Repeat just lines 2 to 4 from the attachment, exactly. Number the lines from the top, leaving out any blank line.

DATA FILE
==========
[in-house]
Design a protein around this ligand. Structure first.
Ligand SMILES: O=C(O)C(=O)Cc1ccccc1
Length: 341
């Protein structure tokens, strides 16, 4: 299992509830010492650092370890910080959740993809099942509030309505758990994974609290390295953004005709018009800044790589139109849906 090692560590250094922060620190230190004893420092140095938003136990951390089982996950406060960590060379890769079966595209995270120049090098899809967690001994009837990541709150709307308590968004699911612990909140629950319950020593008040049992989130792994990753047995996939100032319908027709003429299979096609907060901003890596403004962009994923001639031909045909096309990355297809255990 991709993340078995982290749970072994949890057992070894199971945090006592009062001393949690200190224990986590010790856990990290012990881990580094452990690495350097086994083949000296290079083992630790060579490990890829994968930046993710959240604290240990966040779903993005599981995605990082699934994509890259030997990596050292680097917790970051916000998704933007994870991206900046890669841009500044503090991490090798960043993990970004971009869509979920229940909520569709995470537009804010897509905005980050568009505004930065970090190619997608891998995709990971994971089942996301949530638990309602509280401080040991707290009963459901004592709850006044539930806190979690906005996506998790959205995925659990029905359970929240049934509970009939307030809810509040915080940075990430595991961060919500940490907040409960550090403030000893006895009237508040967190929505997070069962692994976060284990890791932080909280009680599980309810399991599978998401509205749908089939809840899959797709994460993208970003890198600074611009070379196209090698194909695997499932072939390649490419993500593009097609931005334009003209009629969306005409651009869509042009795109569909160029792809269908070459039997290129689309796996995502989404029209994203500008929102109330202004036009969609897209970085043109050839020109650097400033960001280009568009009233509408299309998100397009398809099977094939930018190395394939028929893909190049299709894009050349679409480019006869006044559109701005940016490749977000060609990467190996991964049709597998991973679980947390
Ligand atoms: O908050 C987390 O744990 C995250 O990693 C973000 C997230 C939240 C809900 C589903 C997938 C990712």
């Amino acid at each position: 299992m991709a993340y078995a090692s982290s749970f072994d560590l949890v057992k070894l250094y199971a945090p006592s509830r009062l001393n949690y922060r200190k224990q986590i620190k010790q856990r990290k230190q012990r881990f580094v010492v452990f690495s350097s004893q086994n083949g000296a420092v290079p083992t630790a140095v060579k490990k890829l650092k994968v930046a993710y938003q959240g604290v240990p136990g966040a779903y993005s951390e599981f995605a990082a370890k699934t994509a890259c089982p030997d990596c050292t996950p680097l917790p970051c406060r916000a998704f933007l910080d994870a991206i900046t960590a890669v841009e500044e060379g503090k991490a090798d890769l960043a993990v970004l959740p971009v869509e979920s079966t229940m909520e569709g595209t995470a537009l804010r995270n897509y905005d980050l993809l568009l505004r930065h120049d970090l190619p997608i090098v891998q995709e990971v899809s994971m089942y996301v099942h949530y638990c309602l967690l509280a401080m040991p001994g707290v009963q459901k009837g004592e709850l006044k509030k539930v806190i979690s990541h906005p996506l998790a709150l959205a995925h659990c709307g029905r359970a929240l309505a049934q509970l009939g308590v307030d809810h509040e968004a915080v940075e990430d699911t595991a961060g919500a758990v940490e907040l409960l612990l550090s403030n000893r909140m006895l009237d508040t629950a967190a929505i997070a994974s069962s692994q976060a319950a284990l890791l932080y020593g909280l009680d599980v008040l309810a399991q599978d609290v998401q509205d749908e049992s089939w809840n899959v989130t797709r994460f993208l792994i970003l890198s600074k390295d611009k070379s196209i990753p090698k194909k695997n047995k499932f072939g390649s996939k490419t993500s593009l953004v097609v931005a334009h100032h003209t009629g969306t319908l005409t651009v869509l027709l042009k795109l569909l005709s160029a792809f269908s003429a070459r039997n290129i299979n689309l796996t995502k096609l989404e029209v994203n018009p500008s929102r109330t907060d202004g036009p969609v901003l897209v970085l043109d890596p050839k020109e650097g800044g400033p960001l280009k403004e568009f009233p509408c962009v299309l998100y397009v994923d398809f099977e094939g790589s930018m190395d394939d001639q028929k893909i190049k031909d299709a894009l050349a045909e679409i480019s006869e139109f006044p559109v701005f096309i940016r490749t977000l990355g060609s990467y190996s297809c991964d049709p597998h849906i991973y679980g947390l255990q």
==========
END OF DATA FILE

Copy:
Design a protein around this ligand. Structure first.
Ligand SMILES: O=C(O)C(=O)Cc1ccccc1
Length: 341